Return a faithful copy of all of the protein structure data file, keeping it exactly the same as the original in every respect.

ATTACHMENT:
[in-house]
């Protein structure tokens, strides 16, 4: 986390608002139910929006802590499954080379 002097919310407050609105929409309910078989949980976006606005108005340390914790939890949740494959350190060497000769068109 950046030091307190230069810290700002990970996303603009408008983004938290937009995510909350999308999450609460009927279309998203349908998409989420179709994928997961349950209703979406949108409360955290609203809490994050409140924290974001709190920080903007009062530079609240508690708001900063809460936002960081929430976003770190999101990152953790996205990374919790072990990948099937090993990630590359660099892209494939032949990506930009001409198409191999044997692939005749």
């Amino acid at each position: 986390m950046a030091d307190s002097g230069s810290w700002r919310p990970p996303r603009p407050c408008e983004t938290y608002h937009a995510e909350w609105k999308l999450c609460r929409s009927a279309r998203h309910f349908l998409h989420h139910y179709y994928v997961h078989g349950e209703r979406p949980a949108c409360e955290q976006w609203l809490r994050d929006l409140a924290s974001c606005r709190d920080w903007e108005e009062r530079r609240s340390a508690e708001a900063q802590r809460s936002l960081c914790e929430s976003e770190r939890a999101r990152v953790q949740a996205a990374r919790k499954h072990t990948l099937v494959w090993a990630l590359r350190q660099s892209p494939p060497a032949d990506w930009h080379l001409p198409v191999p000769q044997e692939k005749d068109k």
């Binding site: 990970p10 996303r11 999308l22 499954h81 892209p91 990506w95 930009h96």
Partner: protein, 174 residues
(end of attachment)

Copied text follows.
[in-house]
């Protein structure tokens, strides 16, 4: 986390608002139910929006802590499954080379 002097919310407050609105929409309910078989949980976006606005108005340390914790939890949740494959350190060497000769068109 950046030091307190230069810290700002990970996303603009408008983004938290937009995510909350999308999450609460009927279309998203349908998409989420179709994928997961349950209703979406949108409360955290609203809490994050409140924290974001709190920080903007009062530079609240508690708001900063809460936002960081929430976003770190999101990152953790996205990374919790072990990948099937090993990630590359660099892209494939032949990506930009001409198409191999044997692939005749």
């Amino acid at each position: 986390m950046a030091d307190s002097g230069s810290w700002r919310p990970p996303r603009p407050c408008e983004t938290y608002h937009a995510e909350w609105k999308l999450c609460r929409s009927a279309r998203h309910f349908l998409h989420h139910y179709y994928v997961h078989g349950e209703r979406p949980a949108c409360e955290q976006w609203l809490r994050d929006l409140a924290s974001c606005r709190d920080w903007e108005e009062r530079r609240s340390a508690e708001a900063q802590r809460s936002l960081c914790e929430s976003e770190r939890a999101r990152v953790q949740a996205a990374r919790k499954h072990t990948l099937v494959w090993a990630l590359r350190q660099s892209p494939p060497a032949d990506w930009h080379l001409p198409v191999p000769q044997e692939k005749d068109k």
């Binding site: 990970p10 996303r11 999308l22 499954h81 892209p91 990506w95 930009h96």
Partner: protein, 174 residues